Finding happiness and living your story: a daily checklist

Just like life -- every day can reflect your entire life story. Photo via:

Just like life — every day can reflect your entire life story. Photo via:

It has been quite a year of transition for me. I finished my marketing degree, extended my work at Concur and moved into my own apartment in Oakland. Those are all fantastic developments! Of course, this welcome lull in intense demands on my energy has afforded me time to focus on higher-order needs again.

Lately I have been thinking about what the perfect day looks like for me. I’ve been thinking about balance and how an excess of any one thing quickly chips away at feelings of happiness and contentedness. For example, if I work constantly for several days, I crave down time. But after spending an entire weekend on the couch watching television, I still end up feeling unfulfilled.

Where is the sweet spot?

I’m thinking the answer has to be balance. Isn’t balance always the answer?

Now, I know I’ve come to this realization before, and even wrote about it a year ago for Jayme Soulati’s blog series on happiness. (So there’s another truth for us today – realizations come and go and everything is a process.)

But I tried an experiment yesterday. I asked myself the following question:

If this were my last day on Earth, what would I do?

This is what I wrote:

  • Visit the Farmer’s Market — leisurely.
  • Talk to someone I love.
  • Have a meaningful human interaction.
  • Help someone.
  • Take care of my business — close loops.
  • Take a nap.
  • Enjoy some exercise and feel physically tired and ready when I close the book at the end.
  • Oh, and LAUGH.

And then I set out to do it.

One day at a time — over and over again

Looking at my list, I found I had created more than a blueprint for a final day on Earth. This list is a recipe for making any day feel happy and complete. And extending that idea outward, isn’t a life well-lived simply an accumulation of days that feel happy and complete?

Another piece of the puzzle — tell your own story

It occurs to me that another way to approach the goal of structuring life for maximum contentedness and satisfaction is to view it from a storytelling perspective. If your life is one long story, then each day should be able to function as a standalone episode mirroring the arc of the bigger story. Maybe, just as Zen teaches us to live and die with each breath we take, we can approach each day as a whole and complete cycle.

And similarly, if we view this through the paradigm of communications strategy – which is a little nerdy, I know, but it’s obviously something I think about all the time – when we know the story we want to tell, we just have to align the majority our actions with that story to give it life.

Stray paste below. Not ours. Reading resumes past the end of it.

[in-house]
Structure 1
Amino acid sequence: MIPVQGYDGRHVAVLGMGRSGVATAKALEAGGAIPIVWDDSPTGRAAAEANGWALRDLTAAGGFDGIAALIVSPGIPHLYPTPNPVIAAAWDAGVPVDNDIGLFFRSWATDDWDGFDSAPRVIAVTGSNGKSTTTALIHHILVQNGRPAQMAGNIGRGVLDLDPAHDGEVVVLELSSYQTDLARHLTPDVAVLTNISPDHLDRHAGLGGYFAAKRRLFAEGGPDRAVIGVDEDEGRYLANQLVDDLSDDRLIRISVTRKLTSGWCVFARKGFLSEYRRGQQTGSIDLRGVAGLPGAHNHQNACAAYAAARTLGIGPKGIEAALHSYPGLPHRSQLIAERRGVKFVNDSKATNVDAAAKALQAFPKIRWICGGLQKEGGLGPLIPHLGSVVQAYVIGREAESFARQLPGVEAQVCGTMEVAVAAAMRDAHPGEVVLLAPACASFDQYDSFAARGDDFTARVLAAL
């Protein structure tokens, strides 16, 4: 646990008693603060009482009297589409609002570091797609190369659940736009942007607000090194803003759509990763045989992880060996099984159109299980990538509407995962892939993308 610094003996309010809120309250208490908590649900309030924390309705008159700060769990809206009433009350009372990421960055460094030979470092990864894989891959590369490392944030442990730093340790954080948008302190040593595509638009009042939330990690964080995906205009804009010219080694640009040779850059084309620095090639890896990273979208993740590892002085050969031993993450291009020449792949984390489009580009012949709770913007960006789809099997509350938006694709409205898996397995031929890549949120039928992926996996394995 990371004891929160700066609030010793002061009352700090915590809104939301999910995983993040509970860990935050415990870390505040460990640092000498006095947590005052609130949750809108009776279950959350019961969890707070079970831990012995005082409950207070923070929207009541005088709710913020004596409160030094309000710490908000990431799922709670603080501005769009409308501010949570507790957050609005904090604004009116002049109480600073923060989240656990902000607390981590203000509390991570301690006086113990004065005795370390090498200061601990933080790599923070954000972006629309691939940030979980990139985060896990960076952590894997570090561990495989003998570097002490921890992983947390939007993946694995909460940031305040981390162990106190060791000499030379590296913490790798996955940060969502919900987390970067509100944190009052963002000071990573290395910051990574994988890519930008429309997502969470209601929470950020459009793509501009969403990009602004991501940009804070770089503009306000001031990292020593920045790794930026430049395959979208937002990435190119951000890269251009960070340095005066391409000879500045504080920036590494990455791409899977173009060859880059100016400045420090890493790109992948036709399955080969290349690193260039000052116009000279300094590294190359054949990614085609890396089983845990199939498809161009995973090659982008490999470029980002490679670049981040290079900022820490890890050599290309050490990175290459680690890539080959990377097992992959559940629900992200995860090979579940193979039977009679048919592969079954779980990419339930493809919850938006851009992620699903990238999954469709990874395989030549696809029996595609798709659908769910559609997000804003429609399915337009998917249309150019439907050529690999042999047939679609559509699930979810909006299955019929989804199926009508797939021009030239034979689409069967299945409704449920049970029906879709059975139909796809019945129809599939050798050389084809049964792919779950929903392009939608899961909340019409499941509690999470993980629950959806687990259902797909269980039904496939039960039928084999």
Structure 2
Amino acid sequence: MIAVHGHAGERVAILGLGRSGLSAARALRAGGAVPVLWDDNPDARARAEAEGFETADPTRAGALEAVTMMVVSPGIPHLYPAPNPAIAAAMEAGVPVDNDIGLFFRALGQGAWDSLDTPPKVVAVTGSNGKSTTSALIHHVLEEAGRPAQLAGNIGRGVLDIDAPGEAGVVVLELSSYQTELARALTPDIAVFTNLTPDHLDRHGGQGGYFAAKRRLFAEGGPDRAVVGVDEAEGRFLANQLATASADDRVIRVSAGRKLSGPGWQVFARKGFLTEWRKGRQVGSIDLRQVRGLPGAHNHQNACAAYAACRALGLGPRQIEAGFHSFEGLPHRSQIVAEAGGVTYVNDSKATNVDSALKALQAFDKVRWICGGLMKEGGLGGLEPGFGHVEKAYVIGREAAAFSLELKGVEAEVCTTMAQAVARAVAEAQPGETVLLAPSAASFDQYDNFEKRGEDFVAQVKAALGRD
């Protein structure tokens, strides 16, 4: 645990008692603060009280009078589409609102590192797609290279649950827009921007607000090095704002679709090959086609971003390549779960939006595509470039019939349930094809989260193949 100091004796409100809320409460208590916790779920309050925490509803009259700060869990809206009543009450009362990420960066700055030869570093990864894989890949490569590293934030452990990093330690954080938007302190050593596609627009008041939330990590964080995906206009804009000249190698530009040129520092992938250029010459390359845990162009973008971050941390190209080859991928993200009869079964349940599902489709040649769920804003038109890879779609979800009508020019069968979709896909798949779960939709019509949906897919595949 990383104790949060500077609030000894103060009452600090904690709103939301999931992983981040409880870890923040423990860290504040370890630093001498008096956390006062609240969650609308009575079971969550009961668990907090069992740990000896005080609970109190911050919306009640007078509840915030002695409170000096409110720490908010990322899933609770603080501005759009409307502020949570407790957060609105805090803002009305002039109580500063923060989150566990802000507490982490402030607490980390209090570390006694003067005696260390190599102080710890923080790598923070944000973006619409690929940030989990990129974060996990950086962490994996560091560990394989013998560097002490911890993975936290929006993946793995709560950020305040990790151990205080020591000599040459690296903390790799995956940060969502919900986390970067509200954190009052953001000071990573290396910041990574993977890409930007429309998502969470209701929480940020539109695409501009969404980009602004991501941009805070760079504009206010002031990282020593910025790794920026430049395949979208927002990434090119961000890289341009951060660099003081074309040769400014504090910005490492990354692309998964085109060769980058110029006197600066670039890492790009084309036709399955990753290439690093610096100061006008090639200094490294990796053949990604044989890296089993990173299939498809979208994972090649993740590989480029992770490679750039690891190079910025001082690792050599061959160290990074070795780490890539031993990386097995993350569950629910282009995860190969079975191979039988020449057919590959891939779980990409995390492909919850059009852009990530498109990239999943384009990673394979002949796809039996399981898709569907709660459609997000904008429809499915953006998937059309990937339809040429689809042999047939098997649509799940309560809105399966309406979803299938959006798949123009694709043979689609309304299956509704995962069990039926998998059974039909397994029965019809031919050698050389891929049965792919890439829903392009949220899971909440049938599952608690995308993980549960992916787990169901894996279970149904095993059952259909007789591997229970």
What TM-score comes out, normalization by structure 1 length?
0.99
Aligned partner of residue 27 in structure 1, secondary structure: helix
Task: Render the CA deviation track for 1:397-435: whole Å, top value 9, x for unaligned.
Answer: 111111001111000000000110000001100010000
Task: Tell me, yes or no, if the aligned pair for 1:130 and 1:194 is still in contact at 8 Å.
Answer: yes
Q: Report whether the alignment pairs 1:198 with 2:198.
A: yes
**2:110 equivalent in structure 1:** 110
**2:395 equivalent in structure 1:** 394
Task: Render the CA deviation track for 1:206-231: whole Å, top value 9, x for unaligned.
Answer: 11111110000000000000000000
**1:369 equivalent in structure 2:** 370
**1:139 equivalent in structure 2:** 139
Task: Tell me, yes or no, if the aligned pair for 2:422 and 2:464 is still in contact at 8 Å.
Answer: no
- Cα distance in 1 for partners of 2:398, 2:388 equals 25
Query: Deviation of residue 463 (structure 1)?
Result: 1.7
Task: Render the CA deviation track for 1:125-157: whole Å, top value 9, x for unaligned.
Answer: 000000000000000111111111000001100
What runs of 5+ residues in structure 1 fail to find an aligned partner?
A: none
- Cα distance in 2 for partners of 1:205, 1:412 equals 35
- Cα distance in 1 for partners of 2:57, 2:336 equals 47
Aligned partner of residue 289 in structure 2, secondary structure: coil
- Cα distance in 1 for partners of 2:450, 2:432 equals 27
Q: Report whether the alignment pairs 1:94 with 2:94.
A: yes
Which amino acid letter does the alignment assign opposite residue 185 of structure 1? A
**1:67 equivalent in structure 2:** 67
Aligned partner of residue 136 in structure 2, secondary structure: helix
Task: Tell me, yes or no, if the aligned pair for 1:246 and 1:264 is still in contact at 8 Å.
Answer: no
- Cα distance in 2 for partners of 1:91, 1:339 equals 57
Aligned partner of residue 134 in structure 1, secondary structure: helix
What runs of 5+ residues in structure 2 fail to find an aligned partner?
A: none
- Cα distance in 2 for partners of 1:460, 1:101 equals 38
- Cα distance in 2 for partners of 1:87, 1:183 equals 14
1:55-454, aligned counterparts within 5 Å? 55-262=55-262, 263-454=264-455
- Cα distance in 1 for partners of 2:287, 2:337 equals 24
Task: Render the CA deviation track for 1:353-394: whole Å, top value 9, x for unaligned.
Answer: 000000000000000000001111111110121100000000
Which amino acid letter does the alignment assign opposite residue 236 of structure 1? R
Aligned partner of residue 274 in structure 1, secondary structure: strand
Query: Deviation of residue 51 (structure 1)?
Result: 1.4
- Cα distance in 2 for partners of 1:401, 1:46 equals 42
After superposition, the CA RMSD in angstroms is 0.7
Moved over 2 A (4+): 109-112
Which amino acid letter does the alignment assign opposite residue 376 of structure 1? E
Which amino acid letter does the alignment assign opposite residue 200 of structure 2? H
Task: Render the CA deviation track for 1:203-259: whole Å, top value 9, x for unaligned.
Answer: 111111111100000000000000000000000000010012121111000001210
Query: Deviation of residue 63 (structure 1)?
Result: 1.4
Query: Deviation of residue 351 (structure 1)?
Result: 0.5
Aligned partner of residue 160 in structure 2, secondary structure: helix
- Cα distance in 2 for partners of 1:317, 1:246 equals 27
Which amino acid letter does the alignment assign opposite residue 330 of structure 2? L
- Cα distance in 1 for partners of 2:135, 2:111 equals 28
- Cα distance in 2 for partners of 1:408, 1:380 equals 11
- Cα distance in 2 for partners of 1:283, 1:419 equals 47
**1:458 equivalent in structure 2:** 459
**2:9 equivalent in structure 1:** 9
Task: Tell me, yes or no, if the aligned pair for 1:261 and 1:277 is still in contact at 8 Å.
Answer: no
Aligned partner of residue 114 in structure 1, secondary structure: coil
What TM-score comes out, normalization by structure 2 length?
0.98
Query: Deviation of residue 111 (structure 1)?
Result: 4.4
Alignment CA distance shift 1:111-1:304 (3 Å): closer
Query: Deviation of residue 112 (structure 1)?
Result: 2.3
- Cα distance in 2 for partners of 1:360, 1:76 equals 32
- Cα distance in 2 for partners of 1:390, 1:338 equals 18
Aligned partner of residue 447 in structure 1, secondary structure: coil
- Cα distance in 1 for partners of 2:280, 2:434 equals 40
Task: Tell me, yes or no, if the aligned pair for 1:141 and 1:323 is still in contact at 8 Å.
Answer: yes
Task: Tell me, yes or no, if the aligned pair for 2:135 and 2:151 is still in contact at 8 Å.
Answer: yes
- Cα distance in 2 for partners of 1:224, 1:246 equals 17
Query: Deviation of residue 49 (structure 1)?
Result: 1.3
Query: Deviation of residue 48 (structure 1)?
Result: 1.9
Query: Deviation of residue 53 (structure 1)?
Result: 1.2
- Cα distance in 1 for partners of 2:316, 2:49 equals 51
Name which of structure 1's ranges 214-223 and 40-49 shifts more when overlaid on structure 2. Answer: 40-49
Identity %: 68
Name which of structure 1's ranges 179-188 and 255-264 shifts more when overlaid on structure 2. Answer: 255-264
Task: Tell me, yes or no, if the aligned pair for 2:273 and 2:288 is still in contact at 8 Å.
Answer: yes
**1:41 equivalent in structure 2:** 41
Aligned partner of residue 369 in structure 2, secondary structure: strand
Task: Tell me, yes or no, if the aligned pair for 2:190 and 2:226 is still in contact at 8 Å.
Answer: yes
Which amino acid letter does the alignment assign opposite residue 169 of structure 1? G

So, I think with some minor modifications, I’m going to work on using yesterday’s list as a framework for today, and tomorrow, and all the days after that.

By the way, I accomplished all of the items on my list yesterday except the exercise one – unless the bike ride to the Farmer’s Market and my daily dose of stair-climbing counts. Let’s just say it does. And yesterday felt great.

What do you think about all this? What would you do with your last day on earth, and can you use your answers as a recipe for steady contentment?

Career changes are GOOD news in the new economy: 3 ways to make an easy transition

Are you happy in your career?  Have you ever felt like maybe you wanted to follow another star toward more happiness in your work life?

Today I was watching a live video chat featuring Porter Gale and DJ Waldow from Marketo. The talk was mostly about technology and how it is changing the marketing landscape, but Porter said something else about working and careers that really resonated with me. She said that as a marketer you have to ask yourself if you are really passionate about the product or service you are offering. If you don’t feel passion, she said, it’s time to take a step back and think if you need to be working on something else, because you need that passion to fuel the best work possible.

Her advice crystallized some thoughts I’ve had during my post-school job search. I’ve noticed lots of job descriptions that demand “rockstars,” “gurus” and people “obsessed” with data, email marketing, A/B testing, or one of any number of tactics. In some interviews that I’ve had, the job description has been tossed out the window and the interviewer has turned their focus squarely on me and where my interests and passions are. I’ve heard, “let’s just talk about you and what gets you excited, because I believe people do their best work when they are doing what they love.”

This was surprising and disorienting to me, I have to admit, and those interviews made me more than a little uncomfortable at first.

The career game has changed